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Sommelier Wine Tasting

Sommeliers Series – Designing a Wine List

Enter any great restaurant and within minutes of being seated, your waiter will proudly give you two things, the list of food designed by the chef, and the list of wine designed by the sommelier.

The importance the wine list plays in your dining is often overlooked, as is the amount of time and knowledge that goes into creating a list.

We asked our team of international sommeliers to answer some questions to learn more about their beliefs in creating their restaurant’s lists.


CORE PHILOSOPHY?

“Creating a wine list is an intricate task that requires the harmonious balance between location, food, clientele, seasonality, market and last but not least, your personal fingerprint as a sommelier. A process that must be enjoyed and cherished” explains Andres Aragon – 360 Bar and Dining (Sydney)

“The wine list is a reflection of the personality of the sommelier and the restaurant concept” explains Andrew Cullen Master Sommelier (Dubai)


MUST HAVE ELEMENTS?

“A wine list should contain a broad spectrum of products to cover all tastes, ideally cover a good range of price points to accommodate all budgets. The focus of the list should be tuned to the (usual) customer base.” Chris Ihm – Steel Bar and Grill (Sydney)

Both Andy Cullen and Mikee Collins – Nola Smokehouse (Sydney) believing in having a strong and plentiful selection of “wine by the glass”.


AVOID ANY REGIONS OR VARIETALS?

“I don’t try to avoid any particular regions, but I will put a certain focus on certain regions I feel passionate about.” Says Zack Musick – Merimans (Hawaii)

Emmanuel Benardo – Unlisted Collection (Singapore) is right on the money “I don’t avoid anything! All booze is great and all have a time and place!”. And Andy Cullen adds “I’m not a fan of overly commercial wines that don’t have a varietal or regional character”.

 
PERCENTAGE SPLIT BETWEEN WHITE AND RED?

This was an interesting question with the closest margin being Chris at Steel Bar and Grill and Mikee at Nola who were basically 50 / 50, Andrew Cameron at and Emmanuel Bernardos in Singapore both at 40% white and 60% red, where as Zack Musick at Merrimans in Hawaii is closer to 30% white and 70% red wine.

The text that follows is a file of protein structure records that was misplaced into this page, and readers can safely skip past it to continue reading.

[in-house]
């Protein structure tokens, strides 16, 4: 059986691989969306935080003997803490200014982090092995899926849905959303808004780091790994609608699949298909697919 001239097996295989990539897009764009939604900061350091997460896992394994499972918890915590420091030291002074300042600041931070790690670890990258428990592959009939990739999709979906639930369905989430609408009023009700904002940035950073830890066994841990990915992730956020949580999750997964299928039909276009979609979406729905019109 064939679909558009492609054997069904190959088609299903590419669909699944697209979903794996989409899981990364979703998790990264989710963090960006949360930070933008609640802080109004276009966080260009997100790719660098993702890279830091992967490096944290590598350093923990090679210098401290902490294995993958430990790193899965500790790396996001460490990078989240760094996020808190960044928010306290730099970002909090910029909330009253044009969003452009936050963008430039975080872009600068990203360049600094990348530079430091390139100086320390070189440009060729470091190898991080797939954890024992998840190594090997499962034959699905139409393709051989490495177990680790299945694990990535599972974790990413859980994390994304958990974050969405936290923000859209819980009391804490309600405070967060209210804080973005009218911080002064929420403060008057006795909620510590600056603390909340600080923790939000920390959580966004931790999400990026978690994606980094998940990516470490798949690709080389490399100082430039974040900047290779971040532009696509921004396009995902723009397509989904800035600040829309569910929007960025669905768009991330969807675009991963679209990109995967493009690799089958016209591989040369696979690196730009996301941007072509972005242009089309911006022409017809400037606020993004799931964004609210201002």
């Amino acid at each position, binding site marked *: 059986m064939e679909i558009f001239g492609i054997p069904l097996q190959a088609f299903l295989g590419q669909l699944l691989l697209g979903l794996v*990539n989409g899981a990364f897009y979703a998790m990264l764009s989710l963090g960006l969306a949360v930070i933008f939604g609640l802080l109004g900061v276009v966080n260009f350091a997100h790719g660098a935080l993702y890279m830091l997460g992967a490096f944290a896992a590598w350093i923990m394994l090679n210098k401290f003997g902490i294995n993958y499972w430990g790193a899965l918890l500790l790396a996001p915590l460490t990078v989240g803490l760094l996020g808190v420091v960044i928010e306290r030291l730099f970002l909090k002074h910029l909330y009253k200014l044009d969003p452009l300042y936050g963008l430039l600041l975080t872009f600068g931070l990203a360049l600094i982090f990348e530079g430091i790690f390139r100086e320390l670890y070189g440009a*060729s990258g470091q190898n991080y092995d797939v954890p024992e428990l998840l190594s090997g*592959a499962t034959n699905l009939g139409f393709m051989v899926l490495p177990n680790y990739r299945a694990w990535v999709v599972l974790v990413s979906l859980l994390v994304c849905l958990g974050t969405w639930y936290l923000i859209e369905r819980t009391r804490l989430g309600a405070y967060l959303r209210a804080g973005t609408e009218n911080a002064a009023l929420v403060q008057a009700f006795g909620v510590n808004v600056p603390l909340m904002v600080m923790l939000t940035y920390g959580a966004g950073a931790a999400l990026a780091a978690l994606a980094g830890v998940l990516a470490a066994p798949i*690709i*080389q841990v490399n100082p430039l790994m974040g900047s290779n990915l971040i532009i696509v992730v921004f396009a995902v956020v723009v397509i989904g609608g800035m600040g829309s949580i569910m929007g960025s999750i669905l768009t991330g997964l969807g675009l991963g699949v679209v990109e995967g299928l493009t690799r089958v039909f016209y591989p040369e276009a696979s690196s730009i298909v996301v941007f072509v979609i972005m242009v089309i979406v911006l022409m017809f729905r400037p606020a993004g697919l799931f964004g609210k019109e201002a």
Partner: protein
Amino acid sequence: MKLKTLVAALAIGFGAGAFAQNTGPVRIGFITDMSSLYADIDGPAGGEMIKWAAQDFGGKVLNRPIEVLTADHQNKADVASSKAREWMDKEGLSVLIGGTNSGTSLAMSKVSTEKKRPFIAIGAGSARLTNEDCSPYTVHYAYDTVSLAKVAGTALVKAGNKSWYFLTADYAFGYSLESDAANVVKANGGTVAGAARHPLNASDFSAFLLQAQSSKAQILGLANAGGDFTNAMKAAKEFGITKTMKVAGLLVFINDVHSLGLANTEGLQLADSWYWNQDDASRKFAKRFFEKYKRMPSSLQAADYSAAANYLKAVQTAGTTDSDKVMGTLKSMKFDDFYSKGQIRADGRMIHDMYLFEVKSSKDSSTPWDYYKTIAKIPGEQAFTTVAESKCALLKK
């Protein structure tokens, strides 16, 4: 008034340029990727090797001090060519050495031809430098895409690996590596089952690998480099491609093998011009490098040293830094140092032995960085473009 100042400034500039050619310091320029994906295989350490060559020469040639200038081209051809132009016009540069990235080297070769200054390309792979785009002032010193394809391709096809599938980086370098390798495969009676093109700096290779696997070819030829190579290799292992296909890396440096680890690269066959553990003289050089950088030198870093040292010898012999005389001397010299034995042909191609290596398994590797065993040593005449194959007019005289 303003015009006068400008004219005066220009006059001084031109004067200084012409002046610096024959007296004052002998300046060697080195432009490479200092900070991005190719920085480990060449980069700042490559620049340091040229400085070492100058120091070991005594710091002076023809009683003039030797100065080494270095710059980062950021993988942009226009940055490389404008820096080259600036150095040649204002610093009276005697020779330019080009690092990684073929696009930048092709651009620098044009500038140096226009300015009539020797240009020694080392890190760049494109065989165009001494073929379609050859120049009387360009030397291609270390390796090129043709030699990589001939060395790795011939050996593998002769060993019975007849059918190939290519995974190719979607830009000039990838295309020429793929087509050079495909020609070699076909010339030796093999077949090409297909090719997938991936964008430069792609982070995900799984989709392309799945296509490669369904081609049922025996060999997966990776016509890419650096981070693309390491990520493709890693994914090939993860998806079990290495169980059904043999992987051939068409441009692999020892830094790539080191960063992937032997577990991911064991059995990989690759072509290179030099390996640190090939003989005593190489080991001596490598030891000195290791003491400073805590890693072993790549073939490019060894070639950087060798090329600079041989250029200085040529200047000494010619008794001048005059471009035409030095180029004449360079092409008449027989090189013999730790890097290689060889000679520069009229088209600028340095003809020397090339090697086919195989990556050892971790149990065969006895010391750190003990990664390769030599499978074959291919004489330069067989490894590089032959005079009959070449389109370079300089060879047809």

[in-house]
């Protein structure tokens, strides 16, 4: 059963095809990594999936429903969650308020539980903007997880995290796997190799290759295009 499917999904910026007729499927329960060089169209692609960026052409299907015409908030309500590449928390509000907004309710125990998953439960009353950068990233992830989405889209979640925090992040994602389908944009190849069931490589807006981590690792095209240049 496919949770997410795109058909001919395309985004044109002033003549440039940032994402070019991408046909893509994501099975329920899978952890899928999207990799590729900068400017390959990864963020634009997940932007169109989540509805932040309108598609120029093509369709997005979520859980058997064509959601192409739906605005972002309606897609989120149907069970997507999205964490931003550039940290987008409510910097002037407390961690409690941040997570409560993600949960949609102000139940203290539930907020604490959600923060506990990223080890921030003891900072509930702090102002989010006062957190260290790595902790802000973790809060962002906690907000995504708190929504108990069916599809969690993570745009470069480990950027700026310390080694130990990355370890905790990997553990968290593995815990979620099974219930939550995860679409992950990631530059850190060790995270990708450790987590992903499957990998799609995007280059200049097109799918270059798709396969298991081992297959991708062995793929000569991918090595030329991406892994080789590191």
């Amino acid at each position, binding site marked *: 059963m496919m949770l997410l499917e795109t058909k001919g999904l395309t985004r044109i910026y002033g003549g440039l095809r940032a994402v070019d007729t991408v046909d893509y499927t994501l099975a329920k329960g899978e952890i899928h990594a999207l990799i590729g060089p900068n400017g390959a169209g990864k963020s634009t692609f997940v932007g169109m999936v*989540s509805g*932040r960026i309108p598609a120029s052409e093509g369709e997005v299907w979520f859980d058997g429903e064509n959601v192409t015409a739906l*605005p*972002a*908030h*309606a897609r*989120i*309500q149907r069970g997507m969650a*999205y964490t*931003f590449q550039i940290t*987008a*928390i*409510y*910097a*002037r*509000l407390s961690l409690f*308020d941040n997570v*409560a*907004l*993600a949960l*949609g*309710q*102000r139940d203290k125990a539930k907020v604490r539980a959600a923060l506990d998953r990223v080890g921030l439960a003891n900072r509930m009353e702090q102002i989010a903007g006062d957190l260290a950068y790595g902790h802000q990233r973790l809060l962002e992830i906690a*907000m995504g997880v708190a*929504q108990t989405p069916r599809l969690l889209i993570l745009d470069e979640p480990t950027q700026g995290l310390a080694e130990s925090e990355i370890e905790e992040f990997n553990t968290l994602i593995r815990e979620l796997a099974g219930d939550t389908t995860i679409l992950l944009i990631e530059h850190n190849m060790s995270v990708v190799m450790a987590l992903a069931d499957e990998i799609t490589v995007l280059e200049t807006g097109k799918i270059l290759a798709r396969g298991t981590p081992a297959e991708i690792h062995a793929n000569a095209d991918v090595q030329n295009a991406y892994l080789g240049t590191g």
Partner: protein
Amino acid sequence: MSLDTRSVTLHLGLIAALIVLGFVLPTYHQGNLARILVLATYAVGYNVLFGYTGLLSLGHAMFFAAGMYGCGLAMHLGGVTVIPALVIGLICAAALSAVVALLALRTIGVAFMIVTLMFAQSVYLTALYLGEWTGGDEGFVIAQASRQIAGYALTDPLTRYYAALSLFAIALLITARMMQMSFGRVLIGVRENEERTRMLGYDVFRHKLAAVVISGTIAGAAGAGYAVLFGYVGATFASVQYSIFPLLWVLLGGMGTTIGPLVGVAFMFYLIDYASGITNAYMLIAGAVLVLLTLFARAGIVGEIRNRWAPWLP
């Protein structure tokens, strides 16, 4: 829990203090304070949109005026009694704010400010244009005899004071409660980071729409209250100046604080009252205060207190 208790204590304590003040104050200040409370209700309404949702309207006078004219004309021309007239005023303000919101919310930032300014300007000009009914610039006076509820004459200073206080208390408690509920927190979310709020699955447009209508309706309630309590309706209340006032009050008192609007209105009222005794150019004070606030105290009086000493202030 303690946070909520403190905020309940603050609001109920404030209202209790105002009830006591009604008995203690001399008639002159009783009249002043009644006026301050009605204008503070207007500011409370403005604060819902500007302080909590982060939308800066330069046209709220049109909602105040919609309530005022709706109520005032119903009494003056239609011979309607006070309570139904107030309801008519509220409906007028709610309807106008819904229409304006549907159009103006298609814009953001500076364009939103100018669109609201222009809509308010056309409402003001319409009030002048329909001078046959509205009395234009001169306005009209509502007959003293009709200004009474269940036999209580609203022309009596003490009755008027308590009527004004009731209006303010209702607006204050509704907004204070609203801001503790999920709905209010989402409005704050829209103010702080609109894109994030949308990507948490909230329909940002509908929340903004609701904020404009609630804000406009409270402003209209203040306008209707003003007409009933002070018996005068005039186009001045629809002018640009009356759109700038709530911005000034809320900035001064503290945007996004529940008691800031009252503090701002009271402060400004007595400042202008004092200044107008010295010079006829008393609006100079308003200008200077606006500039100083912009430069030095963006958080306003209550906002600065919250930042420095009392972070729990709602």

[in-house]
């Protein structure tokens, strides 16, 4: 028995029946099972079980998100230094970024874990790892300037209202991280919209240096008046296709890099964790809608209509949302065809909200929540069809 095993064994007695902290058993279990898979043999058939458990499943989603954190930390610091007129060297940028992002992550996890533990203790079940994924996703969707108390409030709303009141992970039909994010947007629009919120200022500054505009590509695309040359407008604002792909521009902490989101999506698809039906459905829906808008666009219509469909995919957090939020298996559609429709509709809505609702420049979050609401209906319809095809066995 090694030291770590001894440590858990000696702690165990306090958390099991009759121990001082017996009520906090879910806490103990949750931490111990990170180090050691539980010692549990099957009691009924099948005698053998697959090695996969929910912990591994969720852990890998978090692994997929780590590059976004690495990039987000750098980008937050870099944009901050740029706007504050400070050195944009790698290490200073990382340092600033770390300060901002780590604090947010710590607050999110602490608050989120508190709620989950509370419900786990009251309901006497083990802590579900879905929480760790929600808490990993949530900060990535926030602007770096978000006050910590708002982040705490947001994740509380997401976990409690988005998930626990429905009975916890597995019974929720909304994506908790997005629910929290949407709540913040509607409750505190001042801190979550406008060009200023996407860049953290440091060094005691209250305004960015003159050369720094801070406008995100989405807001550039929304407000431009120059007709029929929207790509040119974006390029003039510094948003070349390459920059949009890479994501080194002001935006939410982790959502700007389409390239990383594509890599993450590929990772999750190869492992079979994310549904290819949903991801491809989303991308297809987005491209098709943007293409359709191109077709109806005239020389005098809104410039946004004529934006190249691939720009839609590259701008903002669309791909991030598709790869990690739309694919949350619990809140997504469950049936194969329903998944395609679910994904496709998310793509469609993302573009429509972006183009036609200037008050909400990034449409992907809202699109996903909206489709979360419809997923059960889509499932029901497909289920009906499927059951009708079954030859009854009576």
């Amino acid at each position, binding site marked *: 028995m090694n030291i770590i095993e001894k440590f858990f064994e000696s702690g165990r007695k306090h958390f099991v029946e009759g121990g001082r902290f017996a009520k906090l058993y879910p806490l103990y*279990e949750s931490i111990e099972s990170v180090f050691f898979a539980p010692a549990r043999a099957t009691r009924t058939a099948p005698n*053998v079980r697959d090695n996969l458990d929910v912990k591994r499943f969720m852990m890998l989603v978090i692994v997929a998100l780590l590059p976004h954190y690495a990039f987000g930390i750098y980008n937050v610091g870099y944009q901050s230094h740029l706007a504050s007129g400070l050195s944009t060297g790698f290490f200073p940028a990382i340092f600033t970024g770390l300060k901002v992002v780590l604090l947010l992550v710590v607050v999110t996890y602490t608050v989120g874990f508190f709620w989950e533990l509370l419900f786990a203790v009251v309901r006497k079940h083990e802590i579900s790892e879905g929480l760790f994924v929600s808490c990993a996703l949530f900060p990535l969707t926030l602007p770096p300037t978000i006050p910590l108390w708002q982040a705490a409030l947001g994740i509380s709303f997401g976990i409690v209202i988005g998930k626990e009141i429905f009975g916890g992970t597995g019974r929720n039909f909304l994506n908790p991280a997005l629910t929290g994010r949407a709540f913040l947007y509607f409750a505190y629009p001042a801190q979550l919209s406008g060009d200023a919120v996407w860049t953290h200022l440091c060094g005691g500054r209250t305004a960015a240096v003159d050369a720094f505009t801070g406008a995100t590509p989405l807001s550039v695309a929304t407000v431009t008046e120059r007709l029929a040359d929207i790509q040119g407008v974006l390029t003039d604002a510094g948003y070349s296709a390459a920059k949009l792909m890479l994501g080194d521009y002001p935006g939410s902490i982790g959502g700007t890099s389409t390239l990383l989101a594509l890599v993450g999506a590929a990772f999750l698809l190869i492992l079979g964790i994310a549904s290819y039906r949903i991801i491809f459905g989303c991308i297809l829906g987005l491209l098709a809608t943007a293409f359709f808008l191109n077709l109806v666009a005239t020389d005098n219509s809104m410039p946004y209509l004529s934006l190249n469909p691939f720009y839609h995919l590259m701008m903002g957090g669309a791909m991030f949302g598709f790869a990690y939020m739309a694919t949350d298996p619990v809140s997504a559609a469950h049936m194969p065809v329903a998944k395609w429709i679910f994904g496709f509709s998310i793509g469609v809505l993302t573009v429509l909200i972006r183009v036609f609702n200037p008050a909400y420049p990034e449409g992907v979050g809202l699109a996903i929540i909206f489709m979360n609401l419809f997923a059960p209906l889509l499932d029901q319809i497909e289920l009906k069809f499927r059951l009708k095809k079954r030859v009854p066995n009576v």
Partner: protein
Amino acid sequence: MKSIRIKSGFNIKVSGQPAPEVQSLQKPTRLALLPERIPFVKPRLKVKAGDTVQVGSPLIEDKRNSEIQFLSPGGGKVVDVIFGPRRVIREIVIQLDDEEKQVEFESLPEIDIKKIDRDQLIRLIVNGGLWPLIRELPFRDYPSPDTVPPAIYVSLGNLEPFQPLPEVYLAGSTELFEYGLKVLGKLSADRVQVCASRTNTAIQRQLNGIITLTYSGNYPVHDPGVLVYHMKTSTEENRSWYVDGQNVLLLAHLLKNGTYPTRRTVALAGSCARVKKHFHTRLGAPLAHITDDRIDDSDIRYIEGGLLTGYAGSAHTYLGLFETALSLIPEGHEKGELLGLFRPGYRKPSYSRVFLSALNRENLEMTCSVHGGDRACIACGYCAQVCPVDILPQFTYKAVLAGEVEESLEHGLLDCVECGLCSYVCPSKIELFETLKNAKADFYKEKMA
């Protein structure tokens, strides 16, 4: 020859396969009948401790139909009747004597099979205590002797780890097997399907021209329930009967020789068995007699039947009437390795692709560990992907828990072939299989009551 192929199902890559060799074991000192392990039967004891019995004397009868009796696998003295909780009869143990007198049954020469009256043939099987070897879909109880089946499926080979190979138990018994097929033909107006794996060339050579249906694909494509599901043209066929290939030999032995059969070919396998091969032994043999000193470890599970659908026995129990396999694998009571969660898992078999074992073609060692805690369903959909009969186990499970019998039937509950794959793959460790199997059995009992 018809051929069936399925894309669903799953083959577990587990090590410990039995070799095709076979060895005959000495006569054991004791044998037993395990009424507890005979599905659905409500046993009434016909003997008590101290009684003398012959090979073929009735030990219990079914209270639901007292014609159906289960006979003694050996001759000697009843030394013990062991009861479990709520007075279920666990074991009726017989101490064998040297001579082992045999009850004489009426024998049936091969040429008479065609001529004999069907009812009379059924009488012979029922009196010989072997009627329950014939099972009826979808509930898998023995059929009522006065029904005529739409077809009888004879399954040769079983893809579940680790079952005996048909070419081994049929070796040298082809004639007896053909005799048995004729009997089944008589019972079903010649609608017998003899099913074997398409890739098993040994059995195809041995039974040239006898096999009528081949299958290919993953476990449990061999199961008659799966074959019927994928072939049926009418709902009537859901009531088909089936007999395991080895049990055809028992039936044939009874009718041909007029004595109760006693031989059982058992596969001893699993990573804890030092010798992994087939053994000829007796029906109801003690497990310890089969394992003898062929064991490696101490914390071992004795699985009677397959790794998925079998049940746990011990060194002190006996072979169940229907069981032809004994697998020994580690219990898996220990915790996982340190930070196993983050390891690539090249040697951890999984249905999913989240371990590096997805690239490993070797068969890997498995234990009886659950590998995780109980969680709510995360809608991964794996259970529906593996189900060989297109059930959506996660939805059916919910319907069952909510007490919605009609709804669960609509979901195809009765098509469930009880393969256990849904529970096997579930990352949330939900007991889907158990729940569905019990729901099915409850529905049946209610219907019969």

HOW DO YOU LIST YOUR WINE?

Andrew Cullen explained, “only new world wine should be done by varietal, old world should be by region”. Listing categories are also becoming less strict and traditional, “my lists are categorised by texture and weight, so varietals are less intimidating for guests to explore. For example in whites is list Fresh & Bright Textural, Oxidative and On Skins Silky, and Soft & Rounded” explains Andrew Cameron – Burnt Ends (Singapore).
 


WHITE VARIETAL SPLIT ON 20 BOTTLES?

Sommeliers all agreed on a foundation of the classics with a changing selection of up and coming. The most common white varietal was (thankfully) clearly Chardonnay.

Here is Andres Aragon’s exact breakdown example

70% classic varietals in a variety of styles and interpretation within same variety/pricing

  • 3 Chardonnays
  • 3 Sauvignon Blancs
  • 3 Rieslings
  • 3 Pinot Gris/Grigio
  • 1 Semillon
  • 1 Gewürstraminer

30% up and coming varietals and styles that would constantly change

  • 1 Gruner Veltliner
  • 1 Viognier
  • 1 Chenin Blanc
  • 1 Roussanne
  • 1 Albarino
  • 1 Vermentino


RED VARIETAL SPLIT ON 20 BOTTLES?

Once again, the sommeliers gave very detailed lists with old and new world wines popping up from across the globe. Pinot and Cabernet clearly the most popular, but it was great to see a wide mix as seen here by Zacks list

  • 6 Pinot Noir (California, Oregon, Burgundy)
  • 6 Cabernet (California, Bordeaux)
  • 2 Syrah (Northern Rhone South Australia)
  • 1 Grenache (Southern Rhone)
  • 1 Merlot (Bordeaux)
  • 1 Malbec (Mendoza)
  • 1 Tempranillo (Rioja)
  • 1 Nebbiolo (Piedmont Barolo)
  • 1 Sangiovese (Montalcino)

Next time you get handed ‘the list’ take a minute to understand the philosophy behind it, and the regions and varietals included. Have a chat to the sommelier ask for a suggestion, try going by the glass instead of by the bottle so you can something new, and have an old favourite.

 Originally posted by our friends at Alsaker

Sommeliers Series – Introduction

Sommelier is simply defined as ‘a wine waiter’, but that’s like saying Penfold’s Grange or Chateau Margaux are simply bottles of wine.

Sommeliers are passionate experts that have dedicated themselves, and their career, to learning and understanding every nuance and characteristic of wine and wine regions worldwide.

Don’t for a second think that after a weekend in The Hunter Valley trying wine you can match it with a sommelier, as you haven’t even begun to scratch the surface.

For the best sommeliers, it’s a dedication, an obsession.

Tony has been talking to a handful of sommeliers around the world learning more about their philosophy in wine, how they design wine lists, pair wine with food and work with executive chefs.


Part 1 is simply an introduction to the series and a list of the amazing sommeliers that will be sharing their insight and passion with us in the months to come. We thank each of the following rock stars for taking the time to share their knowledge. If you ever have the opportunity to drink and dine in their restaurants make sure you introduce yourself.

Andres Aragon
Group Sommelier
360 Bar & Dining
Sydney